Tuesday, August 24, 2010

She Knows!

Fang gets such a big kick out of asking the grands questions and waiting for the answers. He recently asked our Dickerson grandson: Where was Moses when the lights went out? It took him a minute or two, but he gave the answer. A week later when he and his sister were in the back room bouncing on the bed while Paw Paw watched, the boy asked his little sister: Where was Moses when the lights went out? Paw Paw pointed out that she might not KNOW who Moses was. Looking at Paw Paw with one of those subtle but pointed smiles the grand said: She knows who Moses is.

That started a discussion between Fang and me about how many kids actually know who Moses is, but it was time to go to sleep, so we left that discussion for another day and just chuckled over the kids and some of the things that they have said that tickle us. For instance, about this time last year the little girl had finished her first day of kindergarten. Her mother told her that she needed to go into her room and choose the clothes she would be wearing the next day. The child's astonished question was: You mean I have to go back?

Having read some of the news today, I was encouraged to know that the trapped miners in Chile can see some hope of leaving that mine alive. These men need all the help that the nation and world can provide to free them from a certain and slow death in the depths of blackness. One of the first things they asked for was toothbrushes. One can only imagine what weeks without a toothbrush could do. But one thing sent down to them other than food was 33 extra strong mag lights so that each man could see what was around him. Being without sufficient food is one thing, but being deep in darkness could certainly send a person over the bend in a hurry.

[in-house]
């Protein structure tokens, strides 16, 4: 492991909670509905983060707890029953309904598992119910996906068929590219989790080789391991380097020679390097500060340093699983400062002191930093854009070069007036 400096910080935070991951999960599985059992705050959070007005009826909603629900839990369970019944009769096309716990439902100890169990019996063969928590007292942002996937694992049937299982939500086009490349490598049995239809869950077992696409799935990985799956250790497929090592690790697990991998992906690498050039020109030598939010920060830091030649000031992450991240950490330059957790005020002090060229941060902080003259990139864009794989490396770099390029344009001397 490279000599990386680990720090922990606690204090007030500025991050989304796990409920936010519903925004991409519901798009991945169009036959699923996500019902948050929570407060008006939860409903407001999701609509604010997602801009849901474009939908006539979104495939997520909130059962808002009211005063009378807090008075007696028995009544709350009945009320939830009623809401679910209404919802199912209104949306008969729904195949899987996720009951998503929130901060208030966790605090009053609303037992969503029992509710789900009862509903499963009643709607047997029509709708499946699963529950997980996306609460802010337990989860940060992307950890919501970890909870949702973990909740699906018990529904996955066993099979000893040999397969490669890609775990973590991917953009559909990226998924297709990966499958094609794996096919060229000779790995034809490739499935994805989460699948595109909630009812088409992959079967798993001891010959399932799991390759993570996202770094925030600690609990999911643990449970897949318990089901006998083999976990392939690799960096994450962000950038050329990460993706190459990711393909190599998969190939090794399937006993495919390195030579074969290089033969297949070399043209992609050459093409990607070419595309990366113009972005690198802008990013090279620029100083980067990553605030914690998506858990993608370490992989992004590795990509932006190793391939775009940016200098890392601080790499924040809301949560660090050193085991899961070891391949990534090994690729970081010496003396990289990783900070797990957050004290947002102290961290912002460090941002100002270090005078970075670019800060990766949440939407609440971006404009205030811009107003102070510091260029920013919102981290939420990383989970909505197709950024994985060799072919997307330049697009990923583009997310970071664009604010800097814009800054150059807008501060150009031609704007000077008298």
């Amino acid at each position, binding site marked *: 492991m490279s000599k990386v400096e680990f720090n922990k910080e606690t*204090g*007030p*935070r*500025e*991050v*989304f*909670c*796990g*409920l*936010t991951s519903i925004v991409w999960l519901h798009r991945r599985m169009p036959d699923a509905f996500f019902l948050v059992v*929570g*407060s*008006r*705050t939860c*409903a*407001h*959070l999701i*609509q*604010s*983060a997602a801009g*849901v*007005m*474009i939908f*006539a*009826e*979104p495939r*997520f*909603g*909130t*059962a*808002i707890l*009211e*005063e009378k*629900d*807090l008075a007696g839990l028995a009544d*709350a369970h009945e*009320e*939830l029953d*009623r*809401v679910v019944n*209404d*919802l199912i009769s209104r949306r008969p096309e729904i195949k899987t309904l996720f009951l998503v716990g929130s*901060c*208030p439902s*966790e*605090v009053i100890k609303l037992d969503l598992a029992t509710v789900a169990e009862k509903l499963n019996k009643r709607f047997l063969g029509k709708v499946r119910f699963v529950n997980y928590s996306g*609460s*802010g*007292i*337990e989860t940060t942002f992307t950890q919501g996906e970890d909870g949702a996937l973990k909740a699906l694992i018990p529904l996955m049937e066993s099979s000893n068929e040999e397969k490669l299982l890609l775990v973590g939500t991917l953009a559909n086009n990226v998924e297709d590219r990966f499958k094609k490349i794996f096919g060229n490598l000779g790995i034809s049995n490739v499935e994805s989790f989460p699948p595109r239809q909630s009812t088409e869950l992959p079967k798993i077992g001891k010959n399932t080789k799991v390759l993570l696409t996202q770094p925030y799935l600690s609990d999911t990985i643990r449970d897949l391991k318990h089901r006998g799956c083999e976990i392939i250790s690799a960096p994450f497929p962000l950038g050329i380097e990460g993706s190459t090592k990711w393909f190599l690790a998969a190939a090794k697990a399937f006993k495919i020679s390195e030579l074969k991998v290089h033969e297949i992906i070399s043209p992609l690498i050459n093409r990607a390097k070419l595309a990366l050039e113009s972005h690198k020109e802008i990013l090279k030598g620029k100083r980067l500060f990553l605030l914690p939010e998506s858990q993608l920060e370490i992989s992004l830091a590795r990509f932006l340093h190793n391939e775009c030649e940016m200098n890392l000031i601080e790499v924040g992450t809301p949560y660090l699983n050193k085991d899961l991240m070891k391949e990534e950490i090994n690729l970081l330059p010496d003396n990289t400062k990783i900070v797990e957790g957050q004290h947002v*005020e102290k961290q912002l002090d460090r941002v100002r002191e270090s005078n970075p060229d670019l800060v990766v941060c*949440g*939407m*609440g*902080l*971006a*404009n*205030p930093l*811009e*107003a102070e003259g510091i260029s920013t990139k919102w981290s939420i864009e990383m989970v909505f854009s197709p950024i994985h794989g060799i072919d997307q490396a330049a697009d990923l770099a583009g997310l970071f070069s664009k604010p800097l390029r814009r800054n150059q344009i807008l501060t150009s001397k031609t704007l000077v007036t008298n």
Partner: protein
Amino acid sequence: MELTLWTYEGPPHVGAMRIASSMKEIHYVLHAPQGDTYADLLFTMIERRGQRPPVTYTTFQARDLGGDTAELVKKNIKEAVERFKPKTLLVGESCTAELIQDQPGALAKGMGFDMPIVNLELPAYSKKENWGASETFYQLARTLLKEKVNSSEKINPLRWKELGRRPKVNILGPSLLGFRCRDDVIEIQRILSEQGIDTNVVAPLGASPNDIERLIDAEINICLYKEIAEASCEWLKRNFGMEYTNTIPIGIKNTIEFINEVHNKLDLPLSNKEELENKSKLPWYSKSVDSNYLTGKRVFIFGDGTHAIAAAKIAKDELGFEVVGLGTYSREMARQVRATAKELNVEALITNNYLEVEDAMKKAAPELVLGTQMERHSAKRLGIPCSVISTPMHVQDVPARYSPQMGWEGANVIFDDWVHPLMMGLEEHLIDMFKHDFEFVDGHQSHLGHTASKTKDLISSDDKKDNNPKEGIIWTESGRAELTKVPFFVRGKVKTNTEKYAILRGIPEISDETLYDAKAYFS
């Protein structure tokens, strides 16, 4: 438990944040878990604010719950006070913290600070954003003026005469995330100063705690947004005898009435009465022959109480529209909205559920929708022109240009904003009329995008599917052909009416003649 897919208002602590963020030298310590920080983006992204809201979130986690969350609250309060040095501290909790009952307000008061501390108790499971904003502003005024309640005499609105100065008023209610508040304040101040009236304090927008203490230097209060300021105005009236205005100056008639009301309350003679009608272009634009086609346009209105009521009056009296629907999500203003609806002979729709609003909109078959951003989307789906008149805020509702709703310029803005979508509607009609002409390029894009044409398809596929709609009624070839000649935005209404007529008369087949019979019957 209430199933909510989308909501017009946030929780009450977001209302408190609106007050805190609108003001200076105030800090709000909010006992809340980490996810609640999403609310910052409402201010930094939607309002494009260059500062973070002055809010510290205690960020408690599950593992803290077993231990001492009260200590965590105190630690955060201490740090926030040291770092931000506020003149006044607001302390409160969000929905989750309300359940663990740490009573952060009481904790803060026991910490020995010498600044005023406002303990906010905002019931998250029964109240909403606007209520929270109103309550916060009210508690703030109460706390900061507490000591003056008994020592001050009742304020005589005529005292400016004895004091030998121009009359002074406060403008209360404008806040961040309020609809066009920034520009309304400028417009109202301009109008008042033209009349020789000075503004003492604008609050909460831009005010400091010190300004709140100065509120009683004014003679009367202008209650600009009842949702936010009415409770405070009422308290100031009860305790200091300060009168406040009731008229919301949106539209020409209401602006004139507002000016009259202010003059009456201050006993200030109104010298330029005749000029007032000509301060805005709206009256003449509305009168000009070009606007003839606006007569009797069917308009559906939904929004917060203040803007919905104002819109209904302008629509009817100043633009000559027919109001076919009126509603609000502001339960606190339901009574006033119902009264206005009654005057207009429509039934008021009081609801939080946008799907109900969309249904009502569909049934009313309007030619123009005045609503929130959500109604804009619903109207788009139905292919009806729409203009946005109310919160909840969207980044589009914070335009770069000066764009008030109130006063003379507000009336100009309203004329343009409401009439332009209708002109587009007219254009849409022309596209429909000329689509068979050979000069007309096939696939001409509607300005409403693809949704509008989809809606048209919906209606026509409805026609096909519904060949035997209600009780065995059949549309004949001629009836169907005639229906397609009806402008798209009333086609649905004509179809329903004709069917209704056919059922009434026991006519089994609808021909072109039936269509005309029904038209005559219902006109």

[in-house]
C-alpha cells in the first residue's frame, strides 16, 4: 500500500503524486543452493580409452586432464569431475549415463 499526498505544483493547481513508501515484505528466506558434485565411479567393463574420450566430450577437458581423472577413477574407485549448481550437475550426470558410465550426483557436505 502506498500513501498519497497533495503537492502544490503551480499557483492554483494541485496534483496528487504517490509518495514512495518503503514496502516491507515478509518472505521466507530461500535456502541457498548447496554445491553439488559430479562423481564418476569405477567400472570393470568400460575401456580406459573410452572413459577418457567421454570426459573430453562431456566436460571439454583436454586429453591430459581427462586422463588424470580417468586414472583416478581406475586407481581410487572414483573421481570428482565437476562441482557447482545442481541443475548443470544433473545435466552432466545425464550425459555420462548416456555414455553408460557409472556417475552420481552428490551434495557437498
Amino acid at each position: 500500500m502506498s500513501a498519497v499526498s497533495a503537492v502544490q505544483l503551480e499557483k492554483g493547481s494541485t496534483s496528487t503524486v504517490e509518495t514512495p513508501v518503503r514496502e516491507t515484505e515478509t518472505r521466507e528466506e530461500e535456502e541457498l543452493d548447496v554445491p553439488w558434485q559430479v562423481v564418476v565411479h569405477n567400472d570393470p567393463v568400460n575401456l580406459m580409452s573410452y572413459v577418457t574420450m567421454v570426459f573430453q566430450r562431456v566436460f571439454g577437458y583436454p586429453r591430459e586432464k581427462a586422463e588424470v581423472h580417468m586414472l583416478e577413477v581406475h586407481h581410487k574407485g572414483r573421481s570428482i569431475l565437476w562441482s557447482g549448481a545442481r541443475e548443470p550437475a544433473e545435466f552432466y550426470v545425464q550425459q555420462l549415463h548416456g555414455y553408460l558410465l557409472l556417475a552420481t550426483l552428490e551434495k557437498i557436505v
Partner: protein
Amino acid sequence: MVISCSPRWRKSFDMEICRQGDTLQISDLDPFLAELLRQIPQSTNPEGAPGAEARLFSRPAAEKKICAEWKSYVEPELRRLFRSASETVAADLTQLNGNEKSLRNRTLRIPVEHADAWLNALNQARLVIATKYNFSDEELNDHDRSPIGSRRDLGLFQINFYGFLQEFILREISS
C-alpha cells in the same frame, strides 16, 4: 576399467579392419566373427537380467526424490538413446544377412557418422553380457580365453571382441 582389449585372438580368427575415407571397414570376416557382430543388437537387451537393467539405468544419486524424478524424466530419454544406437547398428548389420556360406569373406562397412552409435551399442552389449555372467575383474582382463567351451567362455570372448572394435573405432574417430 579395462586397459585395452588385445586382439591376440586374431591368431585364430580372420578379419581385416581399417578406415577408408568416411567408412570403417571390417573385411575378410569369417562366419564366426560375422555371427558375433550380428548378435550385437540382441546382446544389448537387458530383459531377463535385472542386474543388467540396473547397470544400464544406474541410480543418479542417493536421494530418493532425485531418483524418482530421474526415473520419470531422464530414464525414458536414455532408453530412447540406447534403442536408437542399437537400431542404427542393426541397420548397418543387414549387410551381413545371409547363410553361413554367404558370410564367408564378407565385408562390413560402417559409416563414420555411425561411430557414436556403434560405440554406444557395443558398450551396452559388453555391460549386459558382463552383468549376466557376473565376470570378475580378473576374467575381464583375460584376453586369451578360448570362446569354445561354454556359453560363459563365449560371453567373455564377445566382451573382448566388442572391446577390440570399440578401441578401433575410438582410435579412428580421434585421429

Now, I have a point to mentioning those miners. They were making their living down in the bowels of the earth, and that was probably the only employment available to them or they would not have been in such an unsafe place. Still, they had a choice about leaving the sunlight and becoming restricted to a dark place. Some women in this world do not have the luxury of that choice. They are no more than slaves or chattel of little value, and their darkness is the burka or burqa, that all encompassing garment that becomes a walking tent when a woman must wear it.

In some countries--Israel and France--wearing the burka has been totally discouraged or outlawed. The French refuse to allow anyone to use public transportation who is wearing a burka--probably because either a man or woman would be unrecognizable and could easily conceal explosives or firearms under the garment. Only the ultra orthodox in the Jewish community would have their women wear the burka, and the rabbis in Israel discourage such a restriction on women and consider its use a type of sexual deviancy.

Other countries refuse to allow the garments to be worn in any school or university, but some countries have just slowly begun the elimination of the garments, including parts of Afghanistan and Pakistan.

The problem with a burka is as symbolic as it is a reality. If a woman has no identity, she has no meaning as a person. This same attitude prevailed in America for centuries concerning the black people and the American Indians. Unseen as individuals, these people had no rights or value to those who "conquered" this land. What was stolen from them included more than land or liberty, but their very identities. How can one have hope in life if one has no name, no place, no value?

Women have not always been appreciated in America--lacking the right to vote or even own property for many years. But men in the United States had something to guide them that had nothing to do with hiding their women in tents or behind veils. Just as our grandson said, they knew who Moses was.

No comments: